There's no incentive or push to keep going with the story, because almost everything you need to mastermind your campaign of havoc is available once the brief introductory assignments are out of the way. Many of the barriers games put in the way of its players gaining too much equipment without sufficient progress in the main quest have been removed. This is no Zelda: new equipment is not doled out as rewards for progress, but exploration. (If anything, this is the game's way of encouraging players to spend time away from the missions it lays out). Whilst reaching story landmarks yields rewards, few are anything greater than can be found in an equivalent time tearing through new areas of Panau. Crates of cash and tools are dotted liberally across the landscape, particularly in residential or military spaces. Collecting these allows weapons and vehicles to be unlocked and dropped at your location, eliminating the need to waste time foraging for ammo for the next assault or a plane to soar to some distant, unexplored island. The limitation of only being able to call in one item at a time is frustrating once your arsenal grows, but a churlish complaint considering how many hurdles have been removed from the usual process of item procurement.
Where the game struggles is that the glee of destruction and discovery can only last so long. Destruction is among the oldest and noblest gaming mechanics, but is not a goal in itself. The size of the game world ensures no matter how many enemy bases are blown up and no matter how inventive your methods, any sense of progress is agonisingly slow. The extensive distances between targets also makes travel frustratingly slow in anything but the most high-powered jets, which are difficult to come by until late in the game. Ground vehicles are also horribly twitchy to control at any sort of speed, on PC at least, putting a greater reliance on the slower but more stable grappling hook.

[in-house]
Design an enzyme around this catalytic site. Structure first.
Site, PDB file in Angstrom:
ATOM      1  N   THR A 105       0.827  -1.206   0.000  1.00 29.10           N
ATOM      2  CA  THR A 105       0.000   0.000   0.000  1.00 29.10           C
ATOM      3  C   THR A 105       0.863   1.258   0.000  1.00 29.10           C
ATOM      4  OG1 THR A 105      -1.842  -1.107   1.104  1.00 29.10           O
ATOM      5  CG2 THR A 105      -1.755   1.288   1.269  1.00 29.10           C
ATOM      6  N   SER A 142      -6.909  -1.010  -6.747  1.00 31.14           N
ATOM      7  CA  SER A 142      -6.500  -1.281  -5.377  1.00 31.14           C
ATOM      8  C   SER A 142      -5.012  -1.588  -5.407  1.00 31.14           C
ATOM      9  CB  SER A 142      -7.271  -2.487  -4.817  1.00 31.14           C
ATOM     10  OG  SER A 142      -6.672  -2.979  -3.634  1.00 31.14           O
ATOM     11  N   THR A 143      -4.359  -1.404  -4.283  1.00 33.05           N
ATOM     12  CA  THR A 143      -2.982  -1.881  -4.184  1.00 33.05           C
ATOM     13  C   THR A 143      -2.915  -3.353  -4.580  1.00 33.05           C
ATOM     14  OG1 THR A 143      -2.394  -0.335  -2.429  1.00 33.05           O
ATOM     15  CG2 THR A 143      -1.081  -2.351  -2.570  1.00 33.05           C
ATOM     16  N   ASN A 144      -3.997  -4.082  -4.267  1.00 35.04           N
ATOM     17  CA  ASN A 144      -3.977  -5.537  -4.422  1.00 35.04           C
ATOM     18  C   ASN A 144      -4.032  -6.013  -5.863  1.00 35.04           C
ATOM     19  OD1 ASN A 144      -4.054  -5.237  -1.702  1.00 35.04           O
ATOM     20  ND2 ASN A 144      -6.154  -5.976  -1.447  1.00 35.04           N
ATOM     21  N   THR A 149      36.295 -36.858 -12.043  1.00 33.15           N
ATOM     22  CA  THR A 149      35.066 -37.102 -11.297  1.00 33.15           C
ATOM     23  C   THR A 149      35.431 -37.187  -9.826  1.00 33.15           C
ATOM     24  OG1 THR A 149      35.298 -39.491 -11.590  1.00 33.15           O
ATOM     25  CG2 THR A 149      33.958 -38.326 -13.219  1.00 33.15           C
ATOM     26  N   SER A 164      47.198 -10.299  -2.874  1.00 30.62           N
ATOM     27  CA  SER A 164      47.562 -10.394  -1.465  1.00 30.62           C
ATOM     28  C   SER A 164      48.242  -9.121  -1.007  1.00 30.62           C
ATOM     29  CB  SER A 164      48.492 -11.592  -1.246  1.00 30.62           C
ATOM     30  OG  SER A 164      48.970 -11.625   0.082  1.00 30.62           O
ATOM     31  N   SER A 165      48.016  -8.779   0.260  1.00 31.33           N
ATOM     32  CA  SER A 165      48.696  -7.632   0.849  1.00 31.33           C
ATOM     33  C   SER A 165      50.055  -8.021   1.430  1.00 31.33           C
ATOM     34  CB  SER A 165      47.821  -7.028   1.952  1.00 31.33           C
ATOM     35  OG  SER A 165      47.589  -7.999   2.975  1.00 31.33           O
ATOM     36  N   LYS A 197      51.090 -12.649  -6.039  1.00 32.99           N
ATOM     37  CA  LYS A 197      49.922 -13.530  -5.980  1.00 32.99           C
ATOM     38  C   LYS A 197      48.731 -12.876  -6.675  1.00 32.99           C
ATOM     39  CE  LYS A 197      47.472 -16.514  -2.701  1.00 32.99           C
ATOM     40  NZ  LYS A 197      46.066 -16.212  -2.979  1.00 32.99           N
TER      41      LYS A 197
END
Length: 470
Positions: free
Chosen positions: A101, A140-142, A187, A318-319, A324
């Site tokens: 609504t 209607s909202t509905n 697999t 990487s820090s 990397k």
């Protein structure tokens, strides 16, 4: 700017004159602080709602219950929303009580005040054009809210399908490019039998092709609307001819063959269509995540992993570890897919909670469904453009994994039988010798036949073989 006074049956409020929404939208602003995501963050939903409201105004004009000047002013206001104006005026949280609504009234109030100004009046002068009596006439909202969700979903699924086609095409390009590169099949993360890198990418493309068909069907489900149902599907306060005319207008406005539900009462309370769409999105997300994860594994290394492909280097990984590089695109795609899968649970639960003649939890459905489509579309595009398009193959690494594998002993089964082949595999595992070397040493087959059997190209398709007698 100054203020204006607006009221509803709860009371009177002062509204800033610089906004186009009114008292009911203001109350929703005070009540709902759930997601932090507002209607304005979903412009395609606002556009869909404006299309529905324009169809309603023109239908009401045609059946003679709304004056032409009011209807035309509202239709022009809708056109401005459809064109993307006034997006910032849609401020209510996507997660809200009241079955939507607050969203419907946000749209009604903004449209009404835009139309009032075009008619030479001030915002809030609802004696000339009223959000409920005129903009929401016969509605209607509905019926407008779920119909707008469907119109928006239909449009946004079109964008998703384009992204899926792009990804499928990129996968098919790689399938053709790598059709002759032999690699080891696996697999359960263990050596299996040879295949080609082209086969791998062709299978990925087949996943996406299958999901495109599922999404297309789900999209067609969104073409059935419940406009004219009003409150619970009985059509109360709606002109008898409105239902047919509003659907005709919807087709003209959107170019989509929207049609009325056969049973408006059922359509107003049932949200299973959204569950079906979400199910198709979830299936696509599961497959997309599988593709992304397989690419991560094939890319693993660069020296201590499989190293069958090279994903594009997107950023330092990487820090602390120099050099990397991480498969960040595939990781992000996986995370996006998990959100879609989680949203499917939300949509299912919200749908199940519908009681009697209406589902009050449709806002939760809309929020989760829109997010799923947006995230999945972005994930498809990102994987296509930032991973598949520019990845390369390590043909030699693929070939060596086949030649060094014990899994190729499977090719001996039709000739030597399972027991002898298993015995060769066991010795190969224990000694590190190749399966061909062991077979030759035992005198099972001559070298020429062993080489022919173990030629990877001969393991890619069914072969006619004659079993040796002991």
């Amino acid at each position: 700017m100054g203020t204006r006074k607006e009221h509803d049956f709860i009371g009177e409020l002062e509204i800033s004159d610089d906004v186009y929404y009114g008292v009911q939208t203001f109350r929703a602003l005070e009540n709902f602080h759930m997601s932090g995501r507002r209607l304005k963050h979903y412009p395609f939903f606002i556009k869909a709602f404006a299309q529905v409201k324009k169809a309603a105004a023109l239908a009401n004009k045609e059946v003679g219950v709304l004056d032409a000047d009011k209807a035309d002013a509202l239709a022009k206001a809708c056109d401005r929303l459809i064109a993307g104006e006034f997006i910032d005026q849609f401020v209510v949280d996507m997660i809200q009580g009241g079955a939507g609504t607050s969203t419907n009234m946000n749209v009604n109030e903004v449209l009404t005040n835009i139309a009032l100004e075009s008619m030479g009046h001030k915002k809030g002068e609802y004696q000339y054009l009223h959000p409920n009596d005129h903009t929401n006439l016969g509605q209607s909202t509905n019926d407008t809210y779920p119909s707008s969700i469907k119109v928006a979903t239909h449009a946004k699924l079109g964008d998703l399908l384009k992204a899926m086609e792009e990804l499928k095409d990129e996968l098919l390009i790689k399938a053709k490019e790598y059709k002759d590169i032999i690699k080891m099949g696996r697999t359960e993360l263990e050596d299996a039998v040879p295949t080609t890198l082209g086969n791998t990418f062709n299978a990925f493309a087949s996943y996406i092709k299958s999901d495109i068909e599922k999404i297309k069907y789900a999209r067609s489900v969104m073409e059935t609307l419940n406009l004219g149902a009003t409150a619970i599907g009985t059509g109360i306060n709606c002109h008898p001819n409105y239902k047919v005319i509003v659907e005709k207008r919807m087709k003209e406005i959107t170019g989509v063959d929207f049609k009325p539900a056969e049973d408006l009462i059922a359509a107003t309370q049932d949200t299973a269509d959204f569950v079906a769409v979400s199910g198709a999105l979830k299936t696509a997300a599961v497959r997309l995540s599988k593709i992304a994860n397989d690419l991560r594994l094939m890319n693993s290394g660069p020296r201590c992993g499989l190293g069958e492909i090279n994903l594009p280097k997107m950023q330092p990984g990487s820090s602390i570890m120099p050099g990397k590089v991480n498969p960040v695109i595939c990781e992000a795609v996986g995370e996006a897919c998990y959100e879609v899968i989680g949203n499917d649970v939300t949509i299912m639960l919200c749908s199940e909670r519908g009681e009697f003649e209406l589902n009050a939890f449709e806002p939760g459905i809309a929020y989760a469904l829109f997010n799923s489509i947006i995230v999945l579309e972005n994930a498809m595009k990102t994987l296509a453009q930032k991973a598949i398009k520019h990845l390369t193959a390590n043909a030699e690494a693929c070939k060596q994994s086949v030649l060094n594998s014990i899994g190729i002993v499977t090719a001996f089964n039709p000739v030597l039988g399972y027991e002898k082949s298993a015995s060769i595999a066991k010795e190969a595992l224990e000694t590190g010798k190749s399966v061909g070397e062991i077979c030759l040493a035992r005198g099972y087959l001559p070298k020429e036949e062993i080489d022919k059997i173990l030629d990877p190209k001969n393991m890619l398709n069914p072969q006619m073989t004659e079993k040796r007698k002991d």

The story missions should provide the guidance and variety to reduce these frustrations, but are pitifully uninventive in their demands, many of which involve either the same kind of assaults on military bases which form the bulk of the player's activity in free play (only with reduced scope for experimentation) or vehicle missions whose only merit is their merciful simplicity in view of the imprecise controls. There's some joy in seeing the map's more elaborately built constructions put to dedicated use, but a shame the developers' imagination could not stretch even a fraction as far as they encourage in their players.
The lack of worthwhile goals means the game's durability only stretches so far as players can entertain themselves. It's a credit to the developers' achievements in creating a world so full of possibilities for player-driven action that such pleasures last as long as they do. Crucially, the game also serves as counterpoint to the popular argument in game design that bigger is better: a smaller, tighter map would have given a greater sense of purpose and progress to the players' feats of destruction, while reducing the tiresomely lengthy time required in traveling between opposite corners of the map. If the Call Of Duty titles represent a trend towards games reducing player interactivity ever further, Just Cause 2 represents a brave push in the other direction which goes just a little too far.